Oslo opens massive, custom-built Munch art museum; 26,000 artworks hosted include The Scream and Madonna-Art-and-culture News, Firstpost
Gone is the dilapidated and poorly secured old Munch Museum on the outskirts of the Norwegian capital – from where a version of The Scream and another masterpiece, Madonna, were stolen by armed robbers in 2004.
Munch’s most famous work, ‘The Scream’, is moving to a new, safer home (AFP/Terje Pedersen)
Today, more than 26,000 works from the expressionist master’s “family”, including his best-known piece, The Scream — have moved under one roof into the enormous custom-built MUNCH museum on the shores of the Oslo Fjord.
Gone is the old, dilapidated and poorly secured Munch Museum on the outskirts of the Norwegian capital – hence a version of The Scream and another masterpiece, Madonnawere stolen by armed robbers in 2004.
On Friday, the new museum opens its doors to the public in the heart of Oslo, in a luxurious and spacious modernist building that has sparked much controversy.
“It is perhaps the biggest museum for a single artist,” says museum director Stein Olav Henrichsen during a tour of the building.
With 13 floors covering more than 26,000 square meters (280,000 square feet), the new building offers five times more exhibition space than the gloomy museum that until now housed Norway’s national treasure.
Single without children, Munch (1863-1944) bequeathed his work to the city of Oslo. He originally planned to leave it to the Norwegian state, but changed his will at the last minute to prevent the art from falling into unwanted hands.
At the time, Norway was occupied by the Nazis, who considered the pioneer of Expressionism a creator of “degenerate art”.
Rising from the shore of the fjord and next to the city’s iconic opera house, the new museum aims to right a historic injustice by finally giving the world-renowned artist the building his admirers believe his work deserves.
Half a million visitors are expected each year – and the museum is hoping for more than a million – to see the 200 works on permanent display in 4,500 square meters.
Among some of the darker recurring themes like angst, despair, and death, there are less depressing themes that explore love, self-portraiture, and landscapes. Pale, sickly naked bodies mingle with fiery red strokes depicting locks of hair or sunsets.
And of course there is The Scream. The museum has several versions of the emblematic work: a painting, a drawing, six lithographs and several sketches.
It also features other masterpieces such as Madonna – both he and the robbed Yell were recovered by the police two years later — Vampire and The sick childas well as some lesser known pieces by Munch.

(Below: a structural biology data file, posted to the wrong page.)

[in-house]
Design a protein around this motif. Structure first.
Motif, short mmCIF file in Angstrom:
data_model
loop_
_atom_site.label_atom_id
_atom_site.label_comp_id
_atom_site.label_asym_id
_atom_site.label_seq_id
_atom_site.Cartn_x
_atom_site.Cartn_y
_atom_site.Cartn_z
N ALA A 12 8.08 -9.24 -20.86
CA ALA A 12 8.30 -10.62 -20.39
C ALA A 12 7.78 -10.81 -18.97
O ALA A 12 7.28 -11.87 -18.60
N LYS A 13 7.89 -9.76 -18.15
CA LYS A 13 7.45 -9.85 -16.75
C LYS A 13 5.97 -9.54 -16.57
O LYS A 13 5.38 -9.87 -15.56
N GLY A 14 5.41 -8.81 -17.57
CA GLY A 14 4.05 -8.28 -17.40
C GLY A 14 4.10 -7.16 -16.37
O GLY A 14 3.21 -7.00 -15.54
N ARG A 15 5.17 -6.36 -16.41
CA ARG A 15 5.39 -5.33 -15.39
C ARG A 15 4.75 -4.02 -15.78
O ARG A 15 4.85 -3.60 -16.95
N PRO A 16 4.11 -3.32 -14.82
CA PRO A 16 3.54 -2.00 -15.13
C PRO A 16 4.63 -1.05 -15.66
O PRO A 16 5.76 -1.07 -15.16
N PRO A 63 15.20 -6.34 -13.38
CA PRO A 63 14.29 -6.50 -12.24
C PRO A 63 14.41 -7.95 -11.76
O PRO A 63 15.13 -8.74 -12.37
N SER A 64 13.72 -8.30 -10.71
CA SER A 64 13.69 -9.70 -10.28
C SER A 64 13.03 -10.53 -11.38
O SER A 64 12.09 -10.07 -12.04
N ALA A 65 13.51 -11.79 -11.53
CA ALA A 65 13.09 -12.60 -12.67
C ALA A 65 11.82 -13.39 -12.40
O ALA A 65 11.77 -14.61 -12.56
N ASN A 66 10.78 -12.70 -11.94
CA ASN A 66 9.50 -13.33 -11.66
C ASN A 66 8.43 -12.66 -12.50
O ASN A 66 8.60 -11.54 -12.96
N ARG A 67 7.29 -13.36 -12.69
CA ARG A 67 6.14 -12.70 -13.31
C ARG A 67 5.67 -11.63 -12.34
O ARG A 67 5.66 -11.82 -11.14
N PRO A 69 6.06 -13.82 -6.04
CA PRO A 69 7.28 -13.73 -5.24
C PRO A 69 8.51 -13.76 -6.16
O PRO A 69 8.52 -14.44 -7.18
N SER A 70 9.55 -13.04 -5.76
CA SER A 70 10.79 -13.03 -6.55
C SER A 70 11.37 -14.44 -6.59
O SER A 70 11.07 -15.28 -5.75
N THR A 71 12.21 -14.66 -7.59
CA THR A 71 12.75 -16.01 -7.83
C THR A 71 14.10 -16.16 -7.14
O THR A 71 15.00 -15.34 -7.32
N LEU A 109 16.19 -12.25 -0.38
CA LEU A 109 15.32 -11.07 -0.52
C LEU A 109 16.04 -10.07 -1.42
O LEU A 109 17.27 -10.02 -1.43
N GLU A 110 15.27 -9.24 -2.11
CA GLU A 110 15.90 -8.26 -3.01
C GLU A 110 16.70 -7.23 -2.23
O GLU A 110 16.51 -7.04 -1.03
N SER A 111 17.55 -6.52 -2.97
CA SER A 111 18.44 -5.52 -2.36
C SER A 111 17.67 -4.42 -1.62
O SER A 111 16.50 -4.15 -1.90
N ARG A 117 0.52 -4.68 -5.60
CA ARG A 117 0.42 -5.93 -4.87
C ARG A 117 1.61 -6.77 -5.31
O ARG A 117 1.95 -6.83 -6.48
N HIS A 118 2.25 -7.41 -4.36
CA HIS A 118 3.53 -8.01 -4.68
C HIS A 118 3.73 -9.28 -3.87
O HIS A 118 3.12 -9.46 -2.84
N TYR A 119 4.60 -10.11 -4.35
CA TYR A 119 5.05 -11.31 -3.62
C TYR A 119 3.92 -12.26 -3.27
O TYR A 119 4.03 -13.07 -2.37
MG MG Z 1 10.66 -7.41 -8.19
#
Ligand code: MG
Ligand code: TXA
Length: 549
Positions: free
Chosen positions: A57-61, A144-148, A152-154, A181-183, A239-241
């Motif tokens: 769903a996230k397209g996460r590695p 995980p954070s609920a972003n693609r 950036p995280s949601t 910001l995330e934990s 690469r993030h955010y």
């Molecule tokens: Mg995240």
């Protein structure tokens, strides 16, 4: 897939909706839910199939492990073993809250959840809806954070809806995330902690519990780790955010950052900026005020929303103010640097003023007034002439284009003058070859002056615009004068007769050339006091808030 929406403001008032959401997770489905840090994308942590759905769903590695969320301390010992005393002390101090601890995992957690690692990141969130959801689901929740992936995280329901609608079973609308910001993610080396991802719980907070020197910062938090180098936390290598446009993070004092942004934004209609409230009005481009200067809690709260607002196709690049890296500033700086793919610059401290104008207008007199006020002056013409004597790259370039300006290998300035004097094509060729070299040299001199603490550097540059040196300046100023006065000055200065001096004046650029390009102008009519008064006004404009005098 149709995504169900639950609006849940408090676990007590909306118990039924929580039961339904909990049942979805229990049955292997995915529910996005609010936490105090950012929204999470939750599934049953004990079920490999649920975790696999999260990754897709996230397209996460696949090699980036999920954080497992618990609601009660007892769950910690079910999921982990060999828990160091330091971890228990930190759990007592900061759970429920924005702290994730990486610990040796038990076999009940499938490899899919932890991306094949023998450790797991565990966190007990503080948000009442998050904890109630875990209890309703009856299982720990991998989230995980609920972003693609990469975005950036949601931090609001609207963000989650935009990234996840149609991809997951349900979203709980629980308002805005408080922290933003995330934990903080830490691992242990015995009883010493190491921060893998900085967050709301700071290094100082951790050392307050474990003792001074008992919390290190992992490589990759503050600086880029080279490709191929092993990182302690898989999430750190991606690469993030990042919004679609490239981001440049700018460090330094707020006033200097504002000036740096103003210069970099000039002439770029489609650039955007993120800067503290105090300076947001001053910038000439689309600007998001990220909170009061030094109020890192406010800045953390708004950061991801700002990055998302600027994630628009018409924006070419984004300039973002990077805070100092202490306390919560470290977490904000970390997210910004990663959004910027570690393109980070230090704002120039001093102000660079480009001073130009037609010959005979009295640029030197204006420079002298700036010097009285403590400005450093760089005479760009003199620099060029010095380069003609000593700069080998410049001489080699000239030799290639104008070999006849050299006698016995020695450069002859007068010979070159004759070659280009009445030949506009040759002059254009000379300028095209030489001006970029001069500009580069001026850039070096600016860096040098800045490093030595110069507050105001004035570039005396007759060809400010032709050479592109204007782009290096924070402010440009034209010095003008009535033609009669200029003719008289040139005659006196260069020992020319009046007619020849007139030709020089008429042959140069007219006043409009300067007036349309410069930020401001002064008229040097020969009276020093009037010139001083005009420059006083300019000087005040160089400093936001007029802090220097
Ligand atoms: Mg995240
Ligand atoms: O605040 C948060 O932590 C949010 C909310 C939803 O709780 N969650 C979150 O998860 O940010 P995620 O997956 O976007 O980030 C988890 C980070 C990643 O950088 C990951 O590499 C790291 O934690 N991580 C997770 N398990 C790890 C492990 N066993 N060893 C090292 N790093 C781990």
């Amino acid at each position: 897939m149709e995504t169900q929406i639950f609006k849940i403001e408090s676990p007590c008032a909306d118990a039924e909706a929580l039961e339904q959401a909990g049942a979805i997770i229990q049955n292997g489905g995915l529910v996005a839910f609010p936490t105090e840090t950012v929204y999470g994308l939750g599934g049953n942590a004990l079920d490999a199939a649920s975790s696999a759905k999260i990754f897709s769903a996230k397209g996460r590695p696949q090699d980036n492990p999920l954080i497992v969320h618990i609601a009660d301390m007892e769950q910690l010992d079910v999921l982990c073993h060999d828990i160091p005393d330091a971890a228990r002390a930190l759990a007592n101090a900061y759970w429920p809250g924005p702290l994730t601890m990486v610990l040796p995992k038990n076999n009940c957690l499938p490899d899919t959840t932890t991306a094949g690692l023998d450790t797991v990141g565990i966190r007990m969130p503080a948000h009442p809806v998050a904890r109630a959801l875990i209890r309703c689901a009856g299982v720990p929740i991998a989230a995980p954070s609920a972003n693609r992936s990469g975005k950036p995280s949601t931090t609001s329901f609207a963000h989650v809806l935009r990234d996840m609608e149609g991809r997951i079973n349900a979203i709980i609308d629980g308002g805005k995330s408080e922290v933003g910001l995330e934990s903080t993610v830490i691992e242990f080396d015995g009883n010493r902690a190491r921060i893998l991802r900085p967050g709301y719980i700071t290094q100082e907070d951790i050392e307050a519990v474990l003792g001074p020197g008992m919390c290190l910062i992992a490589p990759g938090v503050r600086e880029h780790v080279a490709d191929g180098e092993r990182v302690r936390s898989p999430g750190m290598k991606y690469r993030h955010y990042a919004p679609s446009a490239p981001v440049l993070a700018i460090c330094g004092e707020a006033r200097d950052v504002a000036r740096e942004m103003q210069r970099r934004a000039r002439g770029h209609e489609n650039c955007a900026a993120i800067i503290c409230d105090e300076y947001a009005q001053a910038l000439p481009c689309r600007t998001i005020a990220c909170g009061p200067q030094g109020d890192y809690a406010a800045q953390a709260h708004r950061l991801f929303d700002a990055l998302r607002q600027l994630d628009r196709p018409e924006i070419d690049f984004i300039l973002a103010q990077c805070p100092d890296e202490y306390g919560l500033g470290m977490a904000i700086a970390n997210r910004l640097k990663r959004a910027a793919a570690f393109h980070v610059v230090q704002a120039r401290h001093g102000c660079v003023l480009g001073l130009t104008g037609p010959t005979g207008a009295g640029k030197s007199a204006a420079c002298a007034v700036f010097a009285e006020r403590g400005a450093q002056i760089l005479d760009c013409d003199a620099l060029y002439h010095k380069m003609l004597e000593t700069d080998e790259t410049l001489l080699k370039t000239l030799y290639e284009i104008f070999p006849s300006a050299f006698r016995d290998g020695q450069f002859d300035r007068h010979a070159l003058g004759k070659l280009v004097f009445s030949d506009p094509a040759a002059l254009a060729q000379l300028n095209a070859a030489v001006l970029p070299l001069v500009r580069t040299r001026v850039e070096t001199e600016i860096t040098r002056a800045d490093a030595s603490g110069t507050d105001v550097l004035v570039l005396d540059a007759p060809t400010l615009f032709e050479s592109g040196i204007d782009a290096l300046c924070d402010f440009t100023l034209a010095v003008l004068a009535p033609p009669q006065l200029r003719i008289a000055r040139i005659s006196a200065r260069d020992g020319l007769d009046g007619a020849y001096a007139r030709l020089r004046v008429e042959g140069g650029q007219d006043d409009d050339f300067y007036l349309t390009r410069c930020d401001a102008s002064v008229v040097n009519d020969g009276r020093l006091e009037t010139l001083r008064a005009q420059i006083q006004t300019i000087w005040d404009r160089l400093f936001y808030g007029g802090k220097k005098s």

Among these are sculptures, photographs, a film and two massive paintings – The sun and Researchers — which had to be lifted into the museum during construction through a hole in the facade.
“Munch wanted to have a museum. He talked about his children (referring to) all of his works, and he wanted them to be a collection,” says curator Trine Otte Bak Nielsen. “I think he would be very happy to see what we have done now.”
The building itself, nicknamed “Lambda” because its slanted top resembles the letter of the Greek alphabet of the same name, has been the subject of controversy.
That shape has pissed off some, while the bright glass windows promised in the designs are largely hidden under what some say look like monstrous metal shutters.
In 2019, art historian Tommy Sorbo called Oslo’s “pollution” project a “disaster to come”. He maintains this opinion today, “at least for the exterior and the entrance”.
“The hall looks like an airport, a warehouse, a hotel or a commercial building,” he told Agence France Presse. “There is absolutely nothing in the choice of colors and materials to indicate that the venue is home to one of the world’s greatest artists.”
Management ignored the criticism, saying the museum should provoke people the same way Munch’s art did back when it was created. “The building is a very good fit for the collection because it’s a monumental building, it’s… a brutal building,” says Henrichsen. “You must actually have an opinion on this.”
So will the much-maligned “metal shutters” be enough to deter thieves?
Over the years, Munch’s works have been the subject of several high-profile heists. Perhaps most spectacular was that daring midday robbery in 2004.
The new museum offers five times more exhibition space for Munch’s works than the old one it replaces.
“It’s probably the safest building in Norway, but you won’t feel it coming here. Security is very tricky and we want to focus on the artistic experience,” Henrichsen said. “I can assure everyone that there will be no theft here.”